U.S. Education Secretary Betsy DeVos calls school choice protesters ‘defenders of the status quo’

U.S. Education Secretary Betsy DeVos speaks in Denver on Thursday, July 20, 2017, at the conservative ALEC policy group’s annual meeting.

U.S. Education Secretary Betsy DeVos defended her push to expand charter and voucher schools before a conservative audience in Denver on Thursday.

Her remarks followed a day of protests during which public school proponents, led by teachers unions, held a rally and marched against DeVos’ policies.

“Our opponents, defenders of the status quo, only protest those capable of implementing real change,” DeVos said at the American Legislative Exchange Council, or ALEC, annual meeting, which included mostly Republican lawmakers and policy leaders from around the country.

ALEC has long supported school choice programs, including controversial vouchers. Charter schools have gained a bit more bipartisan support, especially in Colorado, where Democrats also supported efforts this year in the legislature to share funding equally between charter and traditional public schools.

Opponents claim that so-called “school choice” efforts aim at diminishing public schools to the disadvantage of low-income and minority communities. But DeVos called that “patently false.”

“My focus … has really been to help those who are least empowered, those who can’t move, those who can’t afford to pay tuitions, to have the same choices that I and my husband had for our children,” DeVos said.

During her speech, DeVos displayed a Tweet from the American Federation of Teachers, the nation’s largest teachers’ union, which said, “@BetsyDeVosED says public $ should invest in indiv students. NO we should invest in a system of great public schools for all kids.”

DeVos responded, “They’ve made it clear that they care more about a system, one that was created in the 1800s, than they care about individual students.”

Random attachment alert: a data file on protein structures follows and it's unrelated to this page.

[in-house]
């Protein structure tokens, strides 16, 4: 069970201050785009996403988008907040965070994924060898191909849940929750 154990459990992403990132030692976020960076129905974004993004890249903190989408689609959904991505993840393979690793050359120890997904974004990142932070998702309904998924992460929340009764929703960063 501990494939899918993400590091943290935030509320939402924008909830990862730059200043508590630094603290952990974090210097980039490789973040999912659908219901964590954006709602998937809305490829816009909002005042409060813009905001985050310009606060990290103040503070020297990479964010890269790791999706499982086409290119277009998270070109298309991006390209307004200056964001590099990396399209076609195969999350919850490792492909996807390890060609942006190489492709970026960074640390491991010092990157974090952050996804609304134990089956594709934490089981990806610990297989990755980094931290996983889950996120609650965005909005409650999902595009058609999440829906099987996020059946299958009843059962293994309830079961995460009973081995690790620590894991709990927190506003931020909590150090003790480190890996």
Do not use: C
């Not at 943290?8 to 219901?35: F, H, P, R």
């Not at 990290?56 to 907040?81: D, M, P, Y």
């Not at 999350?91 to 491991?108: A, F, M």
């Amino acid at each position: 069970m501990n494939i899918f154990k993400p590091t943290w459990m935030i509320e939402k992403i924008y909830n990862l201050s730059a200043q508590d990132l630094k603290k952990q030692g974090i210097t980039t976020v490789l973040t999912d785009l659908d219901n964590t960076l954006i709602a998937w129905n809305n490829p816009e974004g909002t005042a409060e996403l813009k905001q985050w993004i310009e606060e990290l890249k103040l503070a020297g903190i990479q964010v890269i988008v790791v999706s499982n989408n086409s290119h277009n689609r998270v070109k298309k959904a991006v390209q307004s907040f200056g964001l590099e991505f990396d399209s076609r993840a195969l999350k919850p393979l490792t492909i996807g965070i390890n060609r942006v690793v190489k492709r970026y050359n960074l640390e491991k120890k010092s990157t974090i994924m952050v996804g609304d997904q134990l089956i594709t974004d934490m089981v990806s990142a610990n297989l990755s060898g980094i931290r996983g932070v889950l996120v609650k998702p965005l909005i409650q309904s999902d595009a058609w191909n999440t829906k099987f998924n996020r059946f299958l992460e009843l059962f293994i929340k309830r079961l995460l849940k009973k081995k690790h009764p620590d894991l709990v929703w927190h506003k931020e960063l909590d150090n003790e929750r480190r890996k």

The education secretary went on to point out that school choice efforts appear to be gaining momentum, as 40 legislative chambers in 23 states have passed bills expanding options. She added that the movement must be led by the states.

“Those closest to the students know best,” DeVos said. “Parents know best what learning environment is right for their child, and teachers know best how kids will succeed in their classroom. But the bottom line is that neither our parents nor our teachers are empowered.”

She went on to defend President Trump, who signed an executive order to review national education regulations.

“President Trump is determined to place power back in the hands of people,” DeVos said.

She noted that much of the protest around the conference had to do with ALEC itself, joking, “You’re certainly no strangers to organized protests by defenders of the status quo, but I think it’s the first time in recent history I’ve been to an event where the protesters aren’t necessarily here just for me.”

Of ALEC, DeVos said, “You’ve played the long game; we’ve all benefited from this patient approach.”

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